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The Perils of Investing in Real Estate

After much thought I decided to rerun this blog.  It is an oldie and an extremely interesting unbelievably true story. 

Arlington – June 11th 2012

Over the last ten years or so I have met with many people who have given up on investing in the securities market. They have decided to take matters into their own hands and invest in real estate to create the income and equity growth they need that frankly the securities market has not been able to deliver to the average buy and hold investor over the last twelve years.

I find it funny that I myself have been investing in real estate for twenty two years and for the last ten years I have sold most all of my properties while the market has been high. I am not trying to make it seem like I am the all knowing and all seeing oracle of real estate, but I in reality have been trying to get my head out of the trap.

I will explain the reasons for my exit from real estate investing. During the housing boom my tenant base went away. Our brilliant government leaders wanted everyone to own a home. So much so the mortgage companies were allowed, if not coerced into funding the purchase of a house to anyone who could fog a mirror. By doing so, this kept the economy growing at a break neck pace by creating more and more spending. But that is another story we can address another day.

When my tenant base went away, I was left with the worst people to rent to. Please do not get me wrong, I did have about five fabulous tenants. Otherwise, I constantly had to file for eviction, clean up, repair, replace carpet and paint the properties. The only people that were making money was Home Depot, my handy men, the carpet store, Tarrant Appraisal District and my lenders.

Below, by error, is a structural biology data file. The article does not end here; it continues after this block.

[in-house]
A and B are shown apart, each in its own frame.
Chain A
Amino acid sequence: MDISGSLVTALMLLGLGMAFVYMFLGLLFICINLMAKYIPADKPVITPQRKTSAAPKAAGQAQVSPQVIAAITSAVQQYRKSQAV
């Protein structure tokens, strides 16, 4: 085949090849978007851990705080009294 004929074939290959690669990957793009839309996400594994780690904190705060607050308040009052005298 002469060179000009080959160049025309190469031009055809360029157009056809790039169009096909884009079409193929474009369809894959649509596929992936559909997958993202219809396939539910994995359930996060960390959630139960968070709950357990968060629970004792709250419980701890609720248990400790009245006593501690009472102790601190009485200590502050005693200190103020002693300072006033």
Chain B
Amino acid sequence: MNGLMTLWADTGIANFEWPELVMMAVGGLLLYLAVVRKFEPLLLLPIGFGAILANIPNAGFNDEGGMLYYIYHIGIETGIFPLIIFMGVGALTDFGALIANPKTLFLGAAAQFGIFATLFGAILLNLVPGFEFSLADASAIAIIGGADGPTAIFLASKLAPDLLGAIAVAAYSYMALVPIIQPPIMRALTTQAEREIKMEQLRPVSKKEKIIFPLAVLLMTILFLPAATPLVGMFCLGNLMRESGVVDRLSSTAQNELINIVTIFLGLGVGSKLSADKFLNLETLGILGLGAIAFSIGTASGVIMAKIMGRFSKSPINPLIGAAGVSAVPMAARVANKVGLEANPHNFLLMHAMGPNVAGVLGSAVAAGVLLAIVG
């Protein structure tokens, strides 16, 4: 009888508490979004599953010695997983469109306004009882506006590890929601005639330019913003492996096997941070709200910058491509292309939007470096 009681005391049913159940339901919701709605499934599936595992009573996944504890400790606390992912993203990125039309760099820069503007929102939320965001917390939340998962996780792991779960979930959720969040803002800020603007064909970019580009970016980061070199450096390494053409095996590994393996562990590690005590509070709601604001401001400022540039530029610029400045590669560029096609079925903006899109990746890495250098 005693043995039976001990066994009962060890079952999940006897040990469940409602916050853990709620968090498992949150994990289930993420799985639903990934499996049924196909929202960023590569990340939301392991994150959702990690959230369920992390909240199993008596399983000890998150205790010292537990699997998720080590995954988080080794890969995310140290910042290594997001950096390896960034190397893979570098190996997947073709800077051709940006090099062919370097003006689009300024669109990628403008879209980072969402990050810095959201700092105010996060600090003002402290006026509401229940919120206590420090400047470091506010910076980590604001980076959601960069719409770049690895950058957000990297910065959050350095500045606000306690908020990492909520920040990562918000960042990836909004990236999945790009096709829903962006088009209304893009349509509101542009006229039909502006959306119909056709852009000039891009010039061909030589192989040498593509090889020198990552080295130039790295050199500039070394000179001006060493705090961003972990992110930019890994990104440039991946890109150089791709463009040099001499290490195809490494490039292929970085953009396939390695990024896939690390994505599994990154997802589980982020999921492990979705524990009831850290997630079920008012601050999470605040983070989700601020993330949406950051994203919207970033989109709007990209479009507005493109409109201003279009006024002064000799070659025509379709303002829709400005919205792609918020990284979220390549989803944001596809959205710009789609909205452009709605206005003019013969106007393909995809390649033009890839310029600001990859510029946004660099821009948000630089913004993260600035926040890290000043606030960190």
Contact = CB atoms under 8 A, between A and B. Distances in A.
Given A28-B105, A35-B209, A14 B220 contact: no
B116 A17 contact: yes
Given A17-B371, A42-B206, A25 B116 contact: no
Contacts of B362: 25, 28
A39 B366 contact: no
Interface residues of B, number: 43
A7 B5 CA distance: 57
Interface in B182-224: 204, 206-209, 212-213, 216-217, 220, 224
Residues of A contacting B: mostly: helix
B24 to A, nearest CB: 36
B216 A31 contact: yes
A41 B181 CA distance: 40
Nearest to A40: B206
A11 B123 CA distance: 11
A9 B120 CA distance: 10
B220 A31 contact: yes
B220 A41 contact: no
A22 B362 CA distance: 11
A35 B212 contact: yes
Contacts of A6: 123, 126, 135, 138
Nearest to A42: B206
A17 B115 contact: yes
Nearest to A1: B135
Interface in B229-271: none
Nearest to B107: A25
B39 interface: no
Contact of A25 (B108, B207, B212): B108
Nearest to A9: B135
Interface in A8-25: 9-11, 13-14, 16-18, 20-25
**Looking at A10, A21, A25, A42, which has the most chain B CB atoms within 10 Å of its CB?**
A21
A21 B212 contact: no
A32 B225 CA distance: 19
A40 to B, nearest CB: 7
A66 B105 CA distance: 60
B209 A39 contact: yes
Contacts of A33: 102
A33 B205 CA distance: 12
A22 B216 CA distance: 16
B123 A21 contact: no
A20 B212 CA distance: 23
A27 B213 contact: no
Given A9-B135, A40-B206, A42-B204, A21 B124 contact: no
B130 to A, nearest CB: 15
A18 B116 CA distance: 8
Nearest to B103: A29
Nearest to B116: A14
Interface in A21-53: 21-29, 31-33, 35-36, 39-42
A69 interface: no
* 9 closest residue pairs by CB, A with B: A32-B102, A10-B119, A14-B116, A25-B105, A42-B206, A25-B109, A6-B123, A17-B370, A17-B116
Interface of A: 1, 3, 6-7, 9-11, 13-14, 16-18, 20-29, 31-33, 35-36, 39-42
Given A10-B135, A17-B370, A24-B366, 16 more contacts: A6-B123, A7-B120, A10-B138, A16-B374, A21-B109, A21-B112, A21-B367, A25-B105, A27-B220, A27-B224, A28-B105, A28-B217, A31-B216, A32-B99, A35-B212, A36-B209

The definition of insanity is where you repeat the same action expecting a different outcome. I am a little slow but I finally got it and I have been trying to stop the insanity ever since then. I started repairing my properties and putting them up for sell. In some cases I sold the properties “Contract for Deed” which is a glorified lease, but leaves me out of the repair equation. After all of my efforts I reduced my property inventory to four houses.

One house I purchased in 2006. It was a bank repo and was priced seventy thousand dollars below the tax appraised value. Sounds like a screaming deal doesn’t it? My goal was to live in it while I gutted and remodeled my existing house. Sell it out right and make a little money in the process. My wife went for it.

This is my bank repo house that I purchased in 2006. It is a nice house in a quiet neighborhood.

We moved back to our original house in 2009. I switched gears and began painting and prepping the bank repo to be sold thinking I would get a nice chunk of money back. But the housing boom had busted and the house sat for two years and the value was worth closer to what I had paid for it. My game plan to make a nice chunk of money did not work out.

After two years of trying to sell the house, I was about to throw in the towel. I was contacted by a young realtor who asked if I was still interested in selling the house owner financed. I was game for anything by then. We sold the house under a “Wrap Note Contract” which is almost the same as a Contract for Deed.

The buyer was a young Asian man who had bad credit. We wrote in the contract an incentive to refinance the wrap note in the near future with traditional financing. If he could do so, we would reduce the purchase price.

This is the Master Bedroom in its nice clean pristine condition prior to the sale.

The buyer put $19,000 down and paid $1,760 per month. He paid me with a cashier’s check on or before the first of each month. Sounds great huh? Oh, by the way, I did run a background check on this young man, I obtained copies of his last two years tax returns and copies of his driver’s license and social security card.

Everything was going along swimmingly until a couple of weeks ago. I received a call from a police officer from a city outside of Arlington. He said they had a search warrant to enter the house and asked if I had a key to let them into the house so that they did not have to kick in the door. I told them that I think that I still had a working key and would be there in fifteen minutes.

There were four officers. They were very courteous. I was able to unlock the door to the garage from the back yard. The tenant had rekeyed all of the other locks. The door from the garage to the house was left unlocked. The officers asked that I go back outside and let them search the house with guns drawn. The senior officer came out within three minutes and asked if I had a weak stomach. Me thinking that I had seen it all said sure no problem.